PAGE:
Pigment Analysis in Paintings
Written by Igor Lukačević, Ph.D. and Ante Matanić – University of Osijek, Croatia
As two colors in a painting can look the same to the human eye, their reflective spectral signatures can reveal differences in the visual part of electromagnetic spectrum. These differences, or lack of them, can be used to give answers looked for by art historians and collectors interested in cultural heritage.
Using a portable miniature spectrometer, diffuse reflectance spectra of the same colors in different paintings were measured and compared. If the same pigments were used on different paintings, it could be another clue that the paintings were made by the same author.
“Vukovar landscapes” is a series of oil on canvas paintings made in the mid-19th century by an unknown author. Only one of the landscapes is signed, by Joseph Franz Mücke, a royal painter of Habsburg dynasty, presumably ordered by Count Emmerich Josef Eltz as a decoration for his Manor in Vukovar, Croatia.
Of all candidate authors, Mücke is the only one who was known to live in Vukovar in the period the landscapes were made. However, certainty requires more evidence. One of the clues could be given by comparing the painting pigments used in signed and unsigned landscapes. If they are the same, then the unsigned landscape is more probably painted by the same painter. Spectroscopy analyses by UV-Vis Fiber Optic Reflectance Spectroscopy (FORS) can provide such evidence by comparing the reflectance spectra of the same colors in different paintings.
Reflectance spectra were taken using a USB2000 spectrometer (200-850 nm range) with R400-7-Vis-NIR probe and RPH-1 probe holder in diffuse mode, because the painting surfaces are not smooth and diffuse reflection is a dominant process. The WS-1 diffuse reflectance standard was used as reference. The light source was an LS-1 tungsten halogen bulb. [Editor’s note: Some of the products mentioned here are now available in next-generation versions, including the Flame-S spectrometer and HL-2000 tungsten halogen source.]
A total of 13 landscapes were analyzed (one signed landscape named “Gardens” and 12 unsigned) during their exhibition in Eltz Manor by permission from Gallery of Fine Arts in Osijek and City Museum in Vukovar, both in Croatia. As paintings were mounted on the walls during the exhibition, the portability of spectroscopy equipment was an essential feature. Some paintings were positioned at the height of over 2 meters, requiring us to use ladders. From each painting we sampled the spectrum at several points that contain the same colors as on the signed landscape.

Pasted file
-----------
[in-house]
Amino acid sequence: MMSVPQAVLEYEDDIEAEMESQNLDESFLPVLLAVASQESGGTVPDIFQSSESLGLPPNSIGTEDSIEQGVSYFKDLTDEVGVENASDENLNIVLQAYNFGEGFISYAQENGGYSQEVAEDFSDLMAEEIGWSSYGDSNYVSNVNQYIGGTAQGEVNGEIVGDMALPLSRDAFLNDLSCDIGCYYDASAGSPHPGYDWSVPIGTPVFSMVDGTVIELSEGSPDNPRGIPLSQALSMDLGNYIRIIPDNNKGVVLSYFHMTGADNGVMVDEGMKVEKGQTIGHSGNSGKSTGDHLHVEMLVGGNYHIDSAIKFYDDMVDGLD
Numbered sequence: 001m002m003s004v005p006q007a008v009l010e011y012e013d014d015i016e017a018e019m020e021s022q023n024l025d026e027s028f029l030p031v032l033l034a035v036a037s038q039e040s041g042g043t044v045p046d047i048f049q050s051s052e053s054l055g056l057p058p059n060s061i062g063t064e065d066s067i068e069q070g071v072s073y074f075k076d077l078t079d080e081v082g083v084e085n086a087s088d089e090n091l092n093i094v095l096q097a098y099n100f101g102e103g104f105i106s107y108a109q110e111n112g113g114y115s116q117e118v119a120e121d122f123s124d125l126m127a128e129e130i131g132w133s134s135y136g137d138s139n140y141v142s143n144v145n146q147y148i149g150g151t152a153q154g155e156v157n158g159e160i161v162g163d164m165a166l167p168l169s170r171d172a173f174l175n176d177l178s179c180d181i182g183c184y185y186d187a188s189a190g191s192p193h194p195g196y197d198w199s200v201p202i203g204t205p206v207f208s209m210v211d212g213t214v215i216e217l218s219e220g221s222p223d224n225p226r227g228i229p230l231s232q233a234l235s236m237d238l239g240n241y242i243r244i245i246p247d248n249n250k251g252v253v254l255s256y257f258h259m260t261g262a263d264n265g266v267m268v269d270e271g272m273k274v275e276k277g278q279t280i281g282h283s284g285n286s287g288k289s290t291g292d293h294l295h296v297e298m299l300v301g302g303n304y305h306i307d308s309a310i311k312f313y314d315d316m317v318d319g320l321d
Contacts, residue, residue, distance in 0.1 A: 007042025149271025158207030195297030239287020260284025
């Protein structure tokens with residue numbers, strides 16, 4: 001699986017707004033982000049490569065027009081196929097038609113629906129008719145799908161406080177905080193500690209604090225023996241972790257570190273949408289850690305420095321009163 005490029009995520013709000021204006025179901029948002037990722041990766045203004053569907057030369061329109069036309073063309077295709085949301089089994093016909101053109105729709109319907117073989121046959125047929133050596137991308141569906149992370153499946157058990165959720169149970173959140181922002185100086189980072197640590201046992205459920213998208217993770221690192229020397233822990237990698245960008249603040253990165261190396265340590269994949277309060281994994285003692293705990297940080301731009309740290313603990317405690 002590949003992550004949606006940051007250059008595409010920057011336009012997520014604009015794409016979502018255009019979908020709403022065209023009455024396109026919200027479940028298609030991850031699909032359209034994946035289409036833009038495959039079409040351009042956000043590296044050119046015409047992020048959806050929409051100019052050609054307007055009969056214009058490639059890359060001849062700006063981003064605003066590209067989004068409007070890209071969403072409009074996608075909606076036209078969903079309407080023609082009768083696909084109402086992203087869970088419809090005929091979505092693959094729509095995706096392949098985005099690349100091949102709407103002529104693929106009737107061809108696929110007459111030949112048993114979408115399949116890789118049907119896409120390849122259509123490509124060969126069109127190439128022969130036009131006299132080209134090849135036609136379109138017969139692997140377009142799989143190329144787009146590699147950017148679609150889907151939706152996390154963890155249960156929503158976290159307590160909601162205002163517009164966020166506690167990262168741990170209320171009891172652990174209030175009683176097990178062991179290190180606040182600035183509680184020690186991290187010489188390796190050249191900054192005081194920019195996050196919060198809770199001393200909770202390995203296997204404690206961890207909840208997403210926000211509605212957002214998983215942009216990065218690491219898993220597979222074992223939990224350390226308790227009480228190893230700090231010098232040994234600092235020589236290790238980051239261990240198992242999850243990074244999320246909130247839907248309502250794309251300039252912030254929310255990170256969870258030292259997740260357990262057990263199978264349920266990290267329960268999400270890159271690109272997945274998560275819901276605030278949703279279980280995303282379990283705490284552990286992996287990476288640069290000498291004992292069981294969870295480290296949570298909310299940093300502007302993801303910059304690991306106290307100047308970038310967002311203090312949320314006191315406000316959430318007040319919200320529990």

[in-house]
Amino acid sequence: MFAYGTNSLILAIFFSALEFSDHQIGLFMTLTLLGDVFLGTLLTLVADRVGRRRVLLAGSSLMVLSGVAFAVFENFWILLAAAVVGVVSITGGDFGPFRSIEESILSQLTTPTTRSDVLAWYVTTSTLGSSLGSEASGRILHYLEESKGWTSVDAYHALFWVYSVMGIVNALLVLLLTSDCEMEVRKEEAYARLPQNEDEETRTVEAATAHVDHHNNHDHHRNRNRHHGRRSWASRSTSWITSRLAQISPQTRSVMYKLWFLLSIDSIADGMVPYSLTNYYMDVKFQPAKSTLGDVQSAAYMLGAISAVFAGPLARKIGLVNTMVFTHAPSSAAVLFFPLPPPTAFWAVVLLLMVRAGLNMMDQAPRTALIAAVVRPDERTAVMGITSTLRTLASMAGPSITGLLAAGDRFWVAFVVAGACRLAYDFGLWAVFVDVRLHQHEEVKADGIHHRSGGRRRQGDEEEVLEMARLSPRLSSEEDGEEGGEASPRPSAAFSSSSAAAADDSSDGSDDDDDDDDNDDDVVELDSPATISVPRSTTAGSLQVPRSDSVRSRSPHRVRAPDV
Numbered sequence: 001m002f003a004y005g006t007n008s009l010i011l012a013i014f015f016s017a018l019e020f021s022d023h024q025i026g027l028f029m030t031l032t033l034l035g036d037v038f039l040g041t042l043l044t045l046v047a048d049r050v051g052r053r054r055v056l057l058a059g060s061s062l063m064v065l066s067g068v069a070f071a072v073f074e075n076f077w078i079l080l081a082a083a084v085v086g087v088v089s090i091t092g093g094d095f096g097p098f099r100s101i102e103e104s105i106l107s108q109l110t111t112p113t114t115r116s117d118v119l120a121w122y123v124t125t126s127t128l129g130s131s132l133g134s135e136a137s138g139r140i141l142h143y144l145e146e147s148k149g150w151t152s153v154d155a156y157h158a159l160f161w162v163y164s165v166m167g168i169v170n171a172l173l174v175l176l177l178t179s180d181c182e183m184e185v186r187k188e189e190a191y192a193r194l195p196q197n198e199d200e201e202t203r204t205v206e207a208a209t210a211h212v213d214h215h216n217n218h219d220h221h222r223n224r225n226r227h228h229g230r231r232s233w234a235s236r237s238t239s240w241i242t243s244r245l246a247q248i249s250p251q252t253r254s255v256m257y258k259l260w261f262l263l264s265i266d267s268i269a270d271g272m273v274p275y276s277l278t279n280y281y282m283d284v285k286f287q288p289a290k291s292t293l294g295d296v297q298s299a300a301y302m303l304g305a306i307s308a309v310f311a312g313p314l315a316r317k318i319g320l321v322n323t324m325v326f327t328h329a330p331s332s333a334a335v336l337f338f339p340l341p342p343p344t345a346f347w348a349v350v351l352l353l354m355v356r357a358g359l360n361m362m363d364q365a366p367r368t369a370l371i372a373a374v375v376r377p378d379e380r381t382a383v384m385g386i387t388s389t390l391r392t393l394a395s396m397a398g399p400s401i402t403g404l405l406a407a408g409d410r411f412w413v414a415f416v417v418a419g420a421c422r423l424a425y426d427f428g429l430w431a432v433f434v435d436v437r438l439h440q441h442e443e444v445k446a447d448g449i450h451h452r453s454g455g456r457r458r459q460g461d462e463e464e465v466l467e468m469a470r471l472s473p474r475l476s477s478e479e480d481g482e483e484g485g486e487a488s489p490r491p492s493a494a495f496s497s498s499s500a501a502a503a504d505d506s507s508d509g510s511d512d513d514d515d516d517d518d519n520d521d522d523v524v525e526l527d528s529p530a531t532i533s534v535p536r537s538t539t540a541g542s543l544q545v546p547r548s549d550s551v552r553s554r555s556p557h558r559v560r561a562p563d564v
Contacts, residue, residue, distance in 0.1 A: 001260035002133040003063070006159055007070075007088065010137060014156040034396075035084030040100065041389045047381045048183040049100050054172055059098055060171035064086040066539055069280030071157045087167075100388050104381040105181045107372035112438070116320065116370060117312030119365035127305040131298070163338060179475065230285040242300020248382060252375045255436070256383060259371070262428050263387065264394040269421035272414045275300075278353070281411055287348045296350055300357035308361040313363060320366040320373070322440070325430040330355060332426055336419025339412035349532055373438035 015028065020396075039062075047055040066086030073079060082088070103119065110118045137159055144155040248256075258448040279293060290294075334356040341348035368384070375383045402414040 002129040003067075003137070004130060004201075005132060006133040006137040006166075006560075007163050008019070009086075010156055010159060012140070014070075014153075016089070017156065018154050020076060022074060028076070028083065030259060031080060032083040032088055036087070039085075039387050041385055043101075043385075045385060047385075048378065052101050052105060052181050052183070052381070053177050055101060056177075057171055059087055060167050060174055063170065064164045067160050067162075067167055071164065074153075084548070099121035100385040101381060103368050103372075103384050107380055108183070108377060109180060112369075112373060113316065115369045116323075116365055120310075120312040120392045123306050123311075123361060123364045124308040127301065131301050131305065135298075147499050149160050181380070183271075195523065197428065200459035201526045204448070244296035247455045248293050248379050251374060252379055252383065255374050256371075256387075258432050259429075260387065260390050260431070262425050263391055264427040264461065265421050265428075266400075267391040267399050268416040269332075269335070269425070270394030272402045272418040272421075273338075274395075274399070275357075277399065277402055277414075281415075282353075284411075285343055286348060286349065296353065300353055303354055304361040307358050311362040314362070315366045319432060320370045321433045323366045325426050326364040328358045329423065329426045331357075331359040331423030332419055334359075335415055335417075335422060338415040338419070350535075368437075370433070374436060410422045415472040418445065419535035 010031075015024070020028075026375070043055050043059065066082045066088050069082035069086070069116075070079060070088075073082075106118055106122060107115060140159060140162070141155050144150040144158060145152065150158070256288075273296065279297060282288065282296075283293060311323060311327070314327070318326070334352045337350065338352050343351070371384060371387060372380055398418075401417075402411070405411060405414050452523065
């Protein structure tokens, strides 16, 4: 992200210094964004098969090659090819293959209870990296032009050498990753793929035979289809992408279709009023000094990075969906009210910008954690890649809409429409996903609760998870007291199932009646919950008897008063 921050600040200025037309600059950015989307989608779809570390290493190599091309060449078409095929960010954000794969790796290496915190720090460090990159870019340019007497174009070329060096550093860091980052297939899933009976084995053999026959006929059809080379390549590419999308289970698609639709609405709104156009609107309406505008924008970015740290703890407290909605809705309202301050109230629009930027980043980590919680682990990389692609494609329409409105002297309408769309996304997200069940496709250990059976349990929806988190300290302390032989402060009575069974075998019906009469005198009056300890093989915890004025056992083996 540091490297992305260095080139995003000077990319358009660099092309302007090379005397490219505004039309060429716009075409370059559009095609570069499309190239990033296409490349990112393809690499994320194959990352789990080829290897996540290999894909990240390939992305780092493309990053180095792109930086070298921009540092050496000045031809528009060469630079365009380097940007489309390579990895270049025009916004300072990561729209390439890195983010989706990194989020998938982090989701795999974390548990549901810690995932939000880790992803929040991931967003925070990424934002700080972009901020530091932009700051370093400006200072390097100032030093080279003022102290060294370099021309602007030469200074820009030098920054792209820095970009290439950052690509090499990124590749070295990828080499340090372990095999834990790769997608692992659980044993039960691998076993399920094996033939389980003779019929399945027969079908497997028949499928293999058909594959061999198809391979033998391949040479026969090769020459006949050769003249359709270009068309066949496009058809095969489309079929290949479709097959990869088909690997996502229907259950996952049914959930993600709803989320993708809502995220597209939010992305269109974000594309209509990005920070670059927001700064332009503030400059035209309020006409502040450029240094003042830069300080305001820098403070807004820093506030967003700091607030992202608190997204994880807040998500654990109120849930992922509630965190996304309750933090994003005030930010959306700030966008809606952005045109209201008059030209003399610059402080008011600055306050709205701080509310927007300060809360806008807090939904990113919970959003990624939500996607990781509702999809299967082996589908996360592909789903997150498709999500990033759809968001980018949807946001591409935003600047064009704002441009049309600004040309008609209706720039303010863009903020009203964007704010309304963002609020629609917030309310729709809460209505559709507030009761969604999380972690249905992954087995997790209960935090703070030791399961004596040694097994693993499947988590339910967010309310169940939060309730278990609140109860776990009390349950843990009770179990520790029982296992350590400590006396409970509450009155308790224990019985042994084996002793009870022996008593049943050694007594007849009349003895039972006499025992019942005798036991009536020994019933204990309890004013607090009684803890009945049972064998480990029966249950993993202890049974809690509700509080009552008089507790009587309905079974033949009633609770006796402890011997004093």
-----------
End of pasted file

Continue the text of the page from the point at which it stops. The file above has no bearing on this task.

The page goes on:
An example of reflectance spectra comparison is given in Figure 4. It can be seen that blue pigments’ spectra on most of the landscapes agree well with the one from the signed landscape. Higher reflection in 400-450 nm region and lower reflection in 550-650 nm region characterizes all blue color pigments.
However, not all pigments’ spectra agree that well. An example is shown in Figure 5. for light green color. One can see that two spectra belonging to unsigned landscapes have higher reflection around 450 nm and even much higher after 600 nm.
Based on our results we were able to confirm that indeed some of the colors appearing on all landscapes were made using the same pigments (blue, orange). Presuming that all the painters of that era had their own source of pigments, our results give an advantage to the premise that landscapes were painted by the same author — i.e., Joseph Franz Mücke.
On the other side, some colors’ spectra did not shown agreement (greens, brown), leading us to the conclusion that they were not made using the same pigments. However, this disagreement could also be a consequence that we did not sample the areas containing the same color. Also, this disagreement could originate from mixtures of pigments, mostly additions of white or dark pigments to give a different hue. This is where other spectroscopy methods could complement our study. With Raman spectroscopy one is able to find out the molecular composition of pigments, taking these disadvantages of FORS methods out of play and bringing more certainty to the results.